Beyond teaching in schools, Oluwafunke teaches blind students privately. She also makes soaps, antiseptics, air fresheners, mats, beaded bags to make ends meet.
From being that 13-year-old girl who was thrown into uncertainty by her blindness to being a teacher, a business woman, and a happily married woman who has spent 34 years in marriage and has four kids, Oluwafunke has crossed many hurdles life has flung her way. In a way, she is also paying it forward by teaching blind women how to take care of their homes.
There are some people who have been blind since birth. Unlike me, people like this do not know how to navigate the home front like sighted people, so I teach them how to do their house chores – clean their homes, cook meals and generally teach them home keeping techniques.
Amidst her many challenges, there are a lot of things Oluwafunke is grateful for.
There are places I have entered that if I had working eyes, I wouldn’t have been given access to. There are people I have met who wouldn’t have given me an audience if I had had my sight. In many offices, especially government offices, it’s easier for us to get things done easily. They look at our conditions and answer us quickly.
Still, this is not enough. Beyond helping people living with disability once in a while, we must also work towards building a system where people living with disabilities can have easy access to resources, jobs, basic infrastructure and do not have to depend on others to live a better life. This doesn’t apply to the government alone, everyone of us must make efforts to make the world a better place for people living with disabilities. Oluwafunke lists the many ways people can help visually-impaired people.
As ordinary people, you can come to our aid especially when you see us on the road, trying to board a bus, cross the road, or trying to locate a destination. A simple “hello o, can I help you?” will go a long way.
When it comes to getting jobs, it’s very difficult. A lot of blind people are on the street begging because they cannot get jobs. You can easily move closer to blind people begging on the street and ask them how you can help.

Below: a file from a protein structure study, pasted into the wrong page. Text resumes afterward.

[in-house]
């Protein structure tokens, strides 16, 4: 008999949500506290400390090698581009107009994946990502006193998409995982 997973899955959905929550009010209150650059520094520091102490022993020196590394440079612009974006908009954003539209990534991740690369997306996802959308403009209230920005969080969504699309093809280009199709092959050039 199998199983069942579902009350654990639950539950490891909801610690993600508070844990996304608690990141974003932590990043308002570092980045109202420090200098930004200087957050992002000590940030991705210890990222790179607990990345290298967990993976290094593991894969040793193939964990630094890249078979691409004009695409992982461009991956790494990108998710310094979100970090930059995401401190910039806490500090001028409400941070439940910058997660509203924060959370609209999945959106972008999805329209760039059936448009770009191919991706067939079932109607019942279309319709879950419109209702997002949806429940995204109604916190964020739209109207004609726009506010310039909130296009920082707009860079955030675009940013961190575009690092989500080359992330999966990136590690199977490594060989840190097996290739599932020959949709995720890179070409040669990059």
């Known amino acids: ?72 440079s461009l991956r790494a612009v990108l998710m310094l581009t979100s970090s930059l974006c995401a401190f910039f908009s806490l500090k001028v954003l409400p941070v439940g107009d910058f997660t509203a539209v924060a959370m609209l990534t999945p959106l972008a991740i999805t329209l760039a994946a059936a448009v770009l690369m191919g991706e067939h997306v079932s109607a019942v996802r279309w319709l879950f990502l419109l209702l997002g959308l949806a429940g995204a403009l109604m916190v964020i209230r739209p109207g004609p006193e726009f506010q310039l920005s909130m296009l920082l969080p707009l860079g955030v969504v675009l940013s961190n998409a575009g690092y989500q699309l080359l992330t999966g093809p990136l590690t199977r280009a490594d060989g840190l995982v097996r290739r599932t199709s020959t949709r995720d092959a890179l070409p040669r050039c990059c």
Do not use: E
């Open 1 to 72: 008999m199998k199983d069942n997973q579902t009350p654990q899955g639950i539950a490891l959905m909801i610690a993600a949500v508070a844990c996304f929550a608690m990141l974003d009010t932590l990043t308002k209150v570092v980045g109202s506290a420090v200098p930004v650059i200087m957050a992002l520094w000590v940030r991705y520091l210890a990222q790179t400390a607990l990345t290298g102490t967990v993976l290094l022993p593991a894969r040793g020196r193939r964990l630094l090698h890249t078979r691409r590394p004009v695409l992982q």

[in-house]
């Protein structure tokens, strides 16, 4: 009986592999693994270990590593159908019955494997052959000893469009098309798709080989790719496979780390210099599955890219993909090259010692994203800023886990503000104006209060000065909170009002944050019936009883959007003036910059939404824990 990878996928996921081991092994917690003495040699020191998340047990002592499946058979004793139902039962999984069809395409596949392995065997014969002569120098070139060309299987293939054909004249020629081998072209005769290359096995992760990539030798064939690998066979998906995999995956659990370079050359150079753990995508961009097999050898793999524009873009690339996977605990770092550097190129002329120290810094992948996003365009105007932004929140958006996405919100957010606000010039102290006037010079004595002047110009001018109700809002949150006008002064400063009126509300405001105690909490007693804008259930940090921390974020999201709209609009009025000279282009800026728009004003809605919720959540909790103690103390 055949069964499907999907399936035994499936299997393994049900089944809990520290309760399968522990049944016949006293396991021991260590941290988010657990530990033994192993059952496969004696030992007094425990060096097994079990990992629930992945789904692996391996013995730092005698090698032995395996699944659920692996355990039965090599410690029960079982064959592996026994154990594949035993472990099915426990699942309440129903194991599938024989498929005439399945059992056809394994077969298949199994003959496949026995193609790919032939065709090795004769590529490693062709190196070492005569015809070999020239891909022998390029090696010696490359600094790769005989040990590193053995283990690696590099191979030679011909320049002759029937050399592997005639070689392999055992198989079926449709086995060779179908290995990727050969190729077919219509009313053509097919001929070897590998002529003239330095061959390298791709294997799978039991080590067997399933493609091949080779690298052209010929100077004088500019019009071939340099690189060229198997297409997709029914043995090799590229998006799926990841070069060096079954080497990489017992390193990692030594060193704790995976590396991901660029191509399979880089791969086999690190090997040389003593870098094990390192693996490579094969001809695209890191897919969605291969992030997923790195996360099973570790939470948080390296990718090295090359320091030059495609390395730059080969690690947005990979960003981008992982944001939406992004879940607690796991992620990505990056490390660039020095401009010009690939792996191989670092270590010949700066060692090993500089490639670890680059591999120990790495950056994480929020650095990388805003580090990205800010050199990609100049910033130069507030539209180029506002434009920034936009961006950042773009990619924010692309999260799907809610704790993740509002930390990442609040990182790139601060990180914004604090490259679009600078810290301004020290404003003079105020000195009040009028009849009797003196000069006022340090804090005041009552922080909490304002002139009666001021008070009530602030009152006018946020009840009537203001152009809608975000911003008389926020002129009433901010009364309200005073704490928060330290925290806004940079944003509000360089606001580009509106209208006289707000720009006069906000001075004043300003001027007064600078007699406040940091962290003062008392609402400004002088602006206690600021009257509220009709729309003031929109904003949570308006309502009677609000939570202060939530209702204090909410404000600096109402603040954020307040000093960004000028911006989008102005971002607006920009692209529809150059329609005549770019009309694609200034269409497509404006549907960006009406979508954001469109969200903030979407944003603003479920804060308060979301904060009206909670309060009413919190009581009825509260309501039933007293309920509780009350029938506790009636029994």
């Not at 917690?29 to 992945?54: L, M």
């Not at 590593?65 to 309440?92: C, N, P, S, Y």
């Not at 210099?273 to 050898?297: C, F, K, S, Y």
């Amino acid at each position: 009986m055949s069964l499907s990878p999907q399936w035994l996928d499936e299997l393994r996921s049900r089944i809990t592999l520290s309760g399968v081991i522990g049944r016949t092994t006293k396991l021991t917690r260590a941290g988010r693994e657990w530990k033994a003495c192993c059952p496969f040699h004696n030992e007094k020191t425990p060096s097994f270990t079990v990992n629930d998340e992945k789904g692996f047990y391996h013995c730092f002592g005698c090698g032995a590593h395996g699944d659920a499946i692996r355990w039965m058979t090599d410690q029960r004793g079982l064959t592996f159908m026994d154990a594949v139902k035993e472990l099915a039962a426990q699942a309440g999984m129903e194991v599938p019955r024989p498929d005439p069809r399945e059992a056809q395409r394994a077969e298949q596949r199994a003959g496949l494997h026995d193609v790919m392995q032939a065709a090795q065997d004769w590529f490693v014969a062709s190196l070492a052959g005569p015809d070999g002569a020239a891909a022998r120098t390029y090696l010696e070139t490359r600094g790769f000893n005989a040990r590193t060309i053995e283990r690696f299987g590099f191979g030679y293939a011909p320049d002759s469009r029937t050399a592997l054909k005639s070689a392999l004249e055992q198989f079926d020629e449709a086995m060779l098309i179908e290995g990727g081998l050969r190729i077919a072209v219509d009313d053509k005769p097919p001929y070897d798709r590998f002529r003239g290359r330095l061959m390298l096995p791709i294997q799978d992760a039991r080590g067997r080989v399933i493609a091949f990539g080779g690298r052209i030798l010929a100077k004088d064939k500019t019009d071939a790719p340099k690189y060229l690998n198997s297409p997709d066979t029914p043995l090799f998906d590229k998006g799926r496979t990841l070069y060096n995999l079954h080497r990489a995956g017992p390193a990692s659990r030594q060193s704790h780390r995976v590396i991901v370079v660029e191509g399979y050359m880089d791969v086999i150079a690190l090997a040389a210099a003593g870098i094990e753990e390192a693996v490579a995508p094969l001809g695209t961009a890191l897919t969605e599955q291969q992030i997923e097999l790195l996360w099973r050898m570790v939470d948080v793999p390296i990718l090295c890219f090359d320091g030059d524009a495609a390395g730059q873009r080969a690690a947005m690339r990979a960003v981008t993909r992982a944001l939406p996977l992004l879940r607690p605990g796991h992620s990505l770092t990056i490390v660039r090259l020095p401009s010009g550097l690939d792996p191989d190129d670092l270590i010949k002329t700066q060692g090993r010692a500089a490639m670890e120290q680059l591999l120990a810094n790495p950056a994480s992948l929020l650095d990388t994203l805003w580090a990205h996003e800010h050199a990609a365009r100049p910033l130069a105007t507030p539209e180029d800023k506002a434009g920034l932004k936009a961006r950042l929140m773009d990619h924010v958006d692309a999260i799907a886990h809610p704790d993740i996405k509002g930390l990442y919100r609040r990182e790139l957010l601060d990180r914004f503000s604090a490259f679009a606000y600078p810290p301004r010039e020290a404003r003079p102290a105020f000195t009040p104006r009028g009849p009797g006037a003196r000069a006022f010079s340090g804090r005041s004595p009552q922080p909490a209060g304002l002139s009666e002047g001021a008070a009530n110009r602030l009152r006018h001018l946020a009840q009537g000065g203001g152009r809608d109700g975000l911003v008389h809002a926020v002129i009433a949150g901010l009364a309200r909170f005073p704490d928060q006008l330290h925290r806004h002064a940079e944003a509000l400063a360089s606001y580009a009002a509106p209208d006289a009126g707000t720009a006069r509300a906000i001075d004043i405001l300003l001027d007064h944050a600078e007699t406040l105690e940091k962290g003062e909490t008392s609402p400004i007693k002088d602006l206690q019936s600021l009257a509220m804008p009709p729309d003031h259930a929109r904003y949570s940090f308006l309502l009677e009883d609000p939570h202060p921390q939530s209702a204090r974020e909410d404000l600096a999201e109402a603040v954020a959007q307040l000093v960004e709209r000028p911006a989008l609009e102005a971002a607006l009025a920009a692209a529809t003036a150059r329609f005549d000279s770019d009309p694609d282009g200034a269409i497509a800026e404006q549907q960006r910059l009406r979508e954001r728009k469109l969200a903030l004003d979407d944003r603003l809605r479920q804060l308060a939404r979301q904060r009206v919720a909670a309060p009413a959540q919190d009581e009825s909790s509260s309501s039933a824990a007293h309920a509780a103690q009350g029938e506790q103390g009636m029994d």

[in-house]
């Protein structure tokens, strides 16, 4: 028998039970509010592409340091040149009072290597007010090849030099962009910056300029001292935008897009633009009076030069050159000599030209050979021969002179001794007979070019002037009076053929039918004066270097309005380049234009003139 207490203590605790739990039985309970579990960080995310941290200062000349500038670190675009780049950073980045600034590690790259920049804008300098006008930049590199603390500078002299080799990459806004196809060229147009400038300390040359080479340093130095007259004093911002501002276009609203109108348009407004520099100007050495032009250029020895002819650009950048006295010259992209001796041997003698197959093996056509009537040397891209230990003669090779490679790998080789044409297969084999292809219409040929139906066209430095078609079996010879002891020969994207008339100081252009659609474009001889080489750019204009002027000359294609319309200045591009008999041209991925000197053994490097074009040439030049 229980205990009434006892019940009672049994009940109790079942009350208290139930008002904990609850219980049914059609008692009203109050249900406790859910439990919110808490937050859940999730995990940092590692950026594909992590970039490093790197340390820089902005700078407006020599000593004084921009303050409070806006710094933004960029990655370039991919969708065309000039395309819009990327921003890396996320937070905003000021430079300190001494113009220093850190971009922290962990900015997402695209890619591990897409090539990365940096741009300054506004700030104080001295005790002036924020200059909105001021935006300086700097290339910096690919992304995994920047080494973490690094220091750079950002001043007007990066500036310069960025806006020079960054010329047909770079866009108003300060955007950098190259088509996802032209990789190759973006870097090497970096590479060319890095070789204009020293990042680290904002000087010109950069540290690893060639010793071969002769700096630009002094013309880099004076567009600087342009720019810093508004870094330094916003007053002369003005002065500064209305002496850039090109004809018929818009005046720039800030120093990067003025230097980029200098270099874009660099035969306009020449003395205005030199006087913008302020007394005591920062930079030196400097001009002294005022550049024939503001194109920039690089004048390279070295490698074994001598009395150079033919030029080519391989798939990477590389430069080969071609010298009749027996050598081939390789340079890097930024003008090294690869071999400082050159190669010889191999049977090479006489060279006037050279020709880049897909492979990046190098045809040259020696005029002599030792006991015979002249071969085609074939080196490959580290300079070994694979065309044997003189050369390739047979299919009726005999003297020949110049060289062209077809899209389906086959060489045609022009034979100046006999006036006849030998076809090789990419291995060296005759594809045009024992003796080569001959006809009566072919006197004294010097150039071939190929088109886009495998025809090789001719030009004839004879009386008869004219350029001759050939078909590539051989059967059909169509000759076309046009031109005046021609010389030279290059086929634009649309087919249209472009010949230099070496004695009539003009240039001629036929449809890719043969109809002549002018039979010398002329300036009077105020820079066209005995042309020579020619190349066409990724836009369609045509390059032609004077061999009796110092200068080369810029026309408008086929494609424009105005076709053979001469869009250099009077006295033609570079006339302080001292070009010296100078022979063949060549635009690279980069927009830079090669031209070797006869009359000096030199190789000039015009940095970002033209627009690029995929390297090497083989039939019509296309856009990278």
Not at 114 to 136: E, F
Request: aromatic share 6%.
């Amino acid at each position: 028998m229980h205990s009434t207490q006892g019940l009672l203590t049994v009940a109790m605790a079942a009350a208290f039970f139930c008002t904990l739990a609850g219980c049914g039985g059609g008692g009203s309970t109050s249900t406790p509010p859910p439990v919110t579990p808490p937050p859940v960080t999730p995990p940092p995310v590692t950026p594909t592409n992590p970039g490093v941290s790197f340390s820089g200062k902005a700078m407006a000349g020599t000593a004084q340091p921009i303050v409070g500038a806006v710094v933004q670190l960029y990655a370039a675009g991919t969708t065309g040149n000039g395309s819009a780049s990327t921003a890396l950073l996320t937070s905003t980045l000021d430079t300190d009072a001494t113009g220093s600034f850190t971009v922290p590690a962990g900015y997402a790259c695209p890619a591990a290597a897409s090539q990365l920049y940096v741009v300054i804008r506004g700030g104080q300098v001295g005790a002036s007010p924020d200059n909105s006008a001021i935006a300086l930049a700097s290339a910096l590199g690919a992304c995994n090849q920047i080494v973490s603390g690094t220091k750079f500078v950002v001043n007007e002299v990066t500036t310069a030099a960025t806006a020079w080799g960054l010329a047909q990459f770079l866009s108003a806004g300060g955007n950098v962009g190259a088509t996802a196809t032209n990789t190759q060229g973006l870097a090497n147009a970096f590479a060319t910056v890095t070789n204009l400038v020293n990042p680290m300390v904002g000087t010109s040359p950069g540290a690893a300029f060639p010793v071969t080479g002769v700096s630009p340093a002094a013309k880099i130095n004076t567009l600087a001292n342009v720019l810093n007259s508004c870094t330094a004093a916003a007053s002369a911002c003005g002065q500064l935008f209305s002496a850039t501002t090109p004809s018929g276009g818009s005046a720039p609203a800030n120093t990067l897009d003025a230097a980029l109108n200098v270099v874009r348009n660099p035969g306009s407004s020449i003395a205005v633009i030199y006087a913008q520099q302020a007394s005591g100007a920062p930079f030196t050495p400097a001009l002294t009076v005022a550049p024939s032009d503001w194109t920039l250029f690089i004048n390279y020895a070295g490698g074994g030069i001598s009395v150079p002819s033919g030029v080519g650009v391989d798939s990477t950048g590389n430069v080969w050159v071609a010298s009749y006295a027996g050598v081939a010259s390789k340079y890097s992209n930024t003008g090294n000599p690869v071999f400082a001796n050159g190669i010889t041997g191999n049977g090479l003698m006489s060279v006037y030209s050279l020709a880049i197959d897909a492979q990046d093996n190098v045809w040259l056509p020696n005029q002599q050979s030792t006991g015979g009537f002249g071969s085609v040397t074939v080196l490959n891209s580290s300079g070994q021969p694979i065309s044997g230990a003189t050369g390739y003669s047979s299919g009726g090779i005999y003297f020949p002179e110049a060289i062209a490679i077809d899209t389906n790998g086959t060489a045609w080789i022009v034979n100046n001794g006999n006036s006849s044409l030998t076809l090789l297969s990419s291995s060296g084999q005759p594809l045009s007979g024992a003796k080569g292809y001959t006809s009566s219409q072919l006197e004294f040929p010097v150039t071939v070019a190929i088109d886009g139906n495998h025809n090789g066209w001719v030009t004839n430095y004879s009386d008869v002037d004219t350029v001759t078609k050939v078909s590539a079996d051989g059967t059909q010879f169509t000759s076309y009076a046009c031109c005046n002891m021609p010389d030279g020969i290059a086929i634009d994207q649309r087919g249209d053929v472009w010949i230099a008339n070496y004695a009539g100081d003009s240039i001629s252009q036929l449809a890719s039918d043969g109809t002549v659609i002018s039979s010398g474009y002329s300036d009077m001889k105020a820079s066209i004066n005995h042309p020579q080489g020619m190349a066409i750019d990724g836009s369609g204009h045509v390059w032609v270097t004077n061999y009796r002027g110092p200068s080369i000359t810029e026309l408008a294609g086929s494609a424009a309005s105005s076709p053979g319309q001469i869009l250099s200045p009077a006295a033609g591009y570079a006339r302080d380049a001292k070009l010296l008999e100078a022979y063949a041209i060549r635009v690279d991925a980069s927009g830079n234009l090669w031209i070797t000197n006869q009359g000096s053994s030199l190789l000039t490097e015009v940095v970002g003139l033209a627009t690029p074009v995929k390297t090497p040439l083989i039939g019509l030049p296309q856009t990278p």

Our schools are not okay for visually impaired people to move around. There are some schools where the compound is not okay. Like this Agbowa Model College, the school is up and down; the ground is not levelled, so our blind students fall down anyhow. Government officials can come here, look around, and ask how they can help. The school food isn’t good also, and the hostels are in poor condition.
The government is putting in a lot of effort. Like in hospitals, many of us are given discounts so we can afford the bills, they can do the same for blind students in schools too. There are many parents who wish to send their children to school but they do not have the funds. When the school fees were increased here, a lot of parents withdrew their children because they couldn’t afford it.
We spend way more than sighted people. With 50 naira, you people can buy your pen, but we have to get up to 10,000 before we can buy a typewriter to write. Apart from that, there are other things we have to purchase too. Many parents cannot afford this so they tell their wards to sit at home. The government is trying but they need to do more.
Among visually impaired people, we have very rich folks, let them also come to the aid of the less privileged ones so that more visually impaired people can either have formal education or acquire skills.
For parents who have visually impaired children, Oluwafunke had one piece of advice: stop hiding your children.
Parents with visual-impaired children shouldn’t hide them at home, bring them out, and ask people for help. There are lots of children at home who don’t go to school, many have been thrown to the streets to beg. Bring them out so we can help them one way or another, either by teaching them ‘handworks’ or giving them formal education.